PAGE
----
December 6, 2006

Post Game: Moby-Dick

Post Game: Moby-Dick

After last night’s show I went home and read aloud with the family Melville’s famous and ever-amazing Chapter 42 in Moby-Dick, “The Whiteness of the Whale.” It is indeed a text about man’s war on terror. The T word recurs in three key passages of a short and unforgettable essay on the fetishizing of fear:

… This elusive quality it is, which causes the thought of whiteness, when divorced from more kindly associations, and coupled with any object terrible in itself, to heighten that terror to the furthest bounds.

Herman Melville, Moby- Dick

… Nor, in some things, does the common, hereditary experience of all mankind fail to bear witness to the supernaturalism of this hue. It cannot well be doubted, that the one visible quality in the aspect of the dead which most appals the gazer, is the marble pallor lingering there; as if indeed that pallor were as much like the badge of consternation in the other world, as of mortal trepidation here. And from that pallor of the dead, we borrow the expressive hue of the shroud in which we wrap them. Nor even in our superstitions do we fail to throw the same snowy mantle round our phantoms; all ghosts rising in a milk-white fog- Yea, while these terrors seize us, let us add, that even the king of terrors, when personified by the evangelist, rides on his pallid horse.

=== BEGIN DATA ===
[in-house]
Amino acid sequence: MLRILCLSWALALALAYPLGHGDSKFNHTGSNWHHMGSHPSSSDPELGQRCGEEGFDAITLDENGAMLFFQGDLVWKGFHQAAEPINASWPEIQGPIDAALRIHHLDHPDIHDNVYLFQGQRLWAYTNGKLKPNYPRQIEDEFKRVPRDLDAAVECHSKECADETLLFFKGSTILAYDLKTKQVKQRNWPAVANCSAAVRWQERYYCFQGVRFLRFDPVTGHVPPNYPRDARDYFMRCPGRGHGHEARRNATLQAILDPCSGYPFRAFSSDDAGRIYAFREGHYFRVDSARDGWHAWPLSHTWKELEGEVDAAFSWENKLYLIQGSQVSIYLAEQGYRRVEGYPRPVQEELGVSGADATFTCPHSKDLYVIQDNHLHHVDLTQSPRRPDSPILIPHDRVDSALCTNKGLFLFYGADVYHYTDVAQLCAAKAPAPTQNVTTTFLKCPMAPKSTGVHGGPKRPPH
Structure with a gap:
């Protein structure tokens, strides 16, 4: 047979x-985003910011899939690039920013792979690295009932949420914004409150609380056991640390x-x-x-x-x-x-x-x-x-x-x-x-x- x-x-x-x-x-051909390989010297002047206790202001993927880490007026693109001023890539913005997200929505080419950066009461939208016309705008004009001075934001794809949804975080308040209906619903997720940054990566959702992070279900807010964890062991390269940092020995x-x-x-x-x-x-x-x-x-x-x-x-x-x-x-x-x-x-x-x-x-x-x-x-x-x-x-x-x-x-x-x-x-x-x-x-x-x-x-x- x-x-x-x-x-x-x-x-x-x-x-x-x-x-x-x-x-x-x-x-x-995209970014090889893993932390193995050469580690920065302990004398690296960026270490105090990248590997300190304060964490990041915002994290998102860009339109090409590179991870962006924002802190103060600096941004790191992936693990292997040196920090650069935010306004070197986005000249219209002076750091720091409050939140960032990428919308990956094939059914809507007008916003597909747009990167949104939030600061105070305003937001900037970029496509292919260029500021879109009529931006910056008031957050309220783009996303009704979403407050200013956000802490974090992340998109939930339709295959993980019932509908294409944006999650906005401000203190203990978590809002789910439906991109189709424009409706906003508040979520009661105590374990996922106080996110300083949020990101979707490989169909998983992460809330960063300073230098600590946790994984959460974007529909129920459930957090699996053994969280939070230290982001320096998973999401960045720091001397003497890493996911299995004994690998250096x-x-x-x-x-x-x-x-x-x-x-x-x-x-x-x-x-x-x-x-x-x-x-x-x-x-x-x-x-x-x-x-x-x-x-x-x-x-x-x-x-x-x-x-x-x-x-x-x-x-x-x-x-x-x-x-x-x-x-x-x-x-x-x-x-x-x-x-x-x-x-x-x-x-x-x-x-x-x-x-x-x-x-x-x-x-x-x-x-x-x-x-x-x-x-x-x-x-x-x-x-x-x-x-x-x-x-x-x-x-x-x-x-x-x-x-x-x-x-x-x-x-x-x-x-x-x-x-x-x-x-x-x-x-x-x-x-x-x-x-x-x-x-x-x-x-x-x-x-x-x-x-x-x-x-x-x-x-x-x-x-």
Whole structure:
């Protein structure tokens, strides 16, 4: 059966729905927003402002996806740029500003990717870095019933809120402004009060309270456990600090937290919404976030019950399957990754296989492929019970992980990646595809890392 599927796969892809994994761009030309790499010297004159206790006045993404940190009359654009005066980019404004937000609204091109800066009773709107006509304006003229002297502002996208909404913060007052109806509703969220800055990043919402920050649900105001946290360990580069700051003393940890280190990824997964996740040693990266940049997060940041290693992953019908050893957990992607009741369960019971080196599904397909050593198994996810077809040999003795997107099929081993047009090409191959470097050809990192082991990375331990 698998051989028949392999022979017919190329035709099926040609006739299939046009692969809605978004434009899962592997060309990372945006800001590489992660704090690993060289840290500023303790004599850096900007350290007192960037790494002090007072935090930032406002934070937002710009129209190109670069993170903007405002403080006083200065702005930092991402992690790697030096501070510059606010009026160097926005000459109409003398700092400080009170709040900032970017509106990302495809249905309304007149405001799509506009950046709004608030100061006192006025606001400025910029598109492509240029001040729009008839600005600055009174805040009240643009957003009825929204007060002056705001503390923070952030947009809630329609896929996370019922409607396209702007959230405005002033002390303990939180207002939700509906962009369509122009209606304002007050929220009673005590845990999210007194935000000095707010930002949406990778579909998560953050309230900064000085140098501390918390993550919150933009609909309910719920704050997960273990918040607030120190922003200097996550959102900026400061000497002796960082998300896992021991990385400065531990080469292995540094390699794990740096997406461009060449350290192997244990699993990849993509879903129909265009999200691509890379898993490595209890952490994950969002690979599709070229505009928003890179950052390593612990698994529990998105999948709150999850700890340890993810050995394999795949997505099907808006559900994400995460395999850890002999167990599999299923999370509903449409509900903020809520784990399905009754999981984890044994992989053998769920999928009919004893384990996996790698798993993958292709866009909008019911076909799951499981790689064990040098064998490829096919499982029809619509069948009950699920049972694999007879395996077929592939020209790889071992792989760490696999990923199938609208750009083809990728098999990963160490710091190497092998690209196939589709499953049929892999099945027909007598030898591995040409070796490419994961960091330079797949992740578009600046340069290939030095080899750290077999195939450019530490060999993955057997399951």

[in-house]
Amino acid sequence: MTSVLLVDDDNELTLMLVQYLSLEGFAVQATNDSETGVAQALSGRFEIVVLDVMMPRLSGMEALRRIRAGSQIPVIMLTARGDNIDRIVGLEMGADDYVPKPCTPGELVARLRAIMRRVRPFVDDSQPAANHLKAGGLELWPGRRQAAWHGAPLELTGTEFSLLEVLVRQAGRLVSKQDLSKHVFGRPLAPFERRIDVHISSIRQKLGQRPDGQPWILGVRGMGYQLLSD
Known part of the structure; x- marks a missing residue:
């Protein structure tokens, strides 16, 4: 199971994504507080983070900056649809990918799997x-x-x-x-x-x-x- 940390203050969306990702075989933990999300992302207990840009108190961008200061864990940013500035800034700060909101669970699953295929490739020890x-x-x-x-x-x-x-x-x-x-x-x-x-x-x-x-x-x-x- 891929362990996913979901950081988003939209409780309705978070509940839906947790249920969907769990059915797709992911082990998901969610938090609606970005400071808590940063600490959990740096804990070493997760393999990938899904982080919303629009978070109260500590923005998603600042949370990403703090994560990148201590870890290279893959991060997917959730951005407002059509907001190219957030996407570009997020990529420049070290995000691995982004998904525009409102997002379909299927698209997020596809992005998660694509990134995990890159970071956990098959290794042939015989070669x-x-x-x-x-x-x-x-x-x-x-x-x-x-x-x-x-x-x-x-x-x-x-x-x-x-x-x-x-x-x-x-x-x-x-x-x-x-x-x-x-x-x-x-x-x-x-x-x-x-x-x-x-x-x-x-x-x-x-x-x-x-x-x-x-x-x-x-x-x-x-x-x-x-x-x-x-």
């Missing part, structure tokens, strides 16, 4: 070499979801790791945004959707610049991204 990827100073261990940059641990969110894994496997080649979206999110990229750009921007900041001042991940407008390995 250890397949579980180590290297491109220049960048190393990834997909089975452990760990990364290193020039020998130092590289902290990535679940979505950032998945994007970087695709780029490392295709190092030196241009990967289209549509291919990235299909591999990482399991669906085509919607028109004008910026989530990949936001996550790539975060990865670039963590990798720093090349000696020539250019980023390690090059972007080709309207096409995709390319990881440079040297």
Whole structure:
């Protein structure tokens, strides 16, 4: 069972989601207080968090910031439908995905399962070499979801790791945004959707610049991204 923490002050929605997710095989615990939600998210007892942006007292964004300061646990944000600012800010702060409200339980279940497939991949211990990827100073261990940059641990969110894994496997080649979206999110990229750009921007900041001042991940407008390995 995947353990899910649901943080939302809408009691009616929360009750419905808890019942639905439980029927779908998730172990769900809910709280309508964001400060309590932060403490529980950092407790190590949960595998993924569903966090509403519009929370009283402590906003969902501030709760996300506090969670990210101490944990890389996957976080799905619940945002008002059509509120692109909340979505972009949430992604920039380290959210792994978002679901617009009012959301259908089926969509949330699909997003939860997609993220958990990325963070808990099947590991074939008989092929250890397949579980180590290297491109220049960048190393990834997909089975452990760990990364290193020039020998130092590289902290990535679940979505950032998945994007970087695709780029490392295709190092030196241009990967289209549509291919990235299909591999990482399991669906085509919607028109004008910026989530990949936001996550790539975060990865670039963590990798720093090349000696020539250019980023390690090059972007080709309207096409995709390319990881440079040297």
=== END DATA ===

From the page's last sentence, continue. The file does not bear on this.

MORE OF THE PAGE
Herman Melville, Moby- Dick

… I know that, to the common apprehension, this phenomenon of whiteness is not confessed to be the prime agent in exaggerating the terror of objects otherwise terrible; nor to the unimaginative mind is there aught of terror in those appearances whose awfulness to another mind almost solely consists in this one phenomenon, especially when exhibited under any form at all approaching to muteness or universality.

Herman Melville, Moby -Dick

Read it all here: The Whiteness of the Whale.

As for the technical glitches with Susan Cheever’s phone line, we can’t pass along any explanations, only our own regrets, our engineer’s, and Susan’s. This from this morning’s inbox:

Whatever happened happened quite fast. At first the voices were dim and then dimmer and then almost impossible to hear. I tried just answering when you seemed to be asking a question but then realized that I couldn’t even hear when that was happening. Then it occurred to me that you might not be able to hear me, so I tried to exit gracefully but that may not have worked…

Susan Cheever, in an email to Open Source, December 6, 2006

Needless to say, we’re on the case to fix the problem. At least commenters miriama and David Weinstein seemed to have appreciated Susan’s (all too brief) participation.

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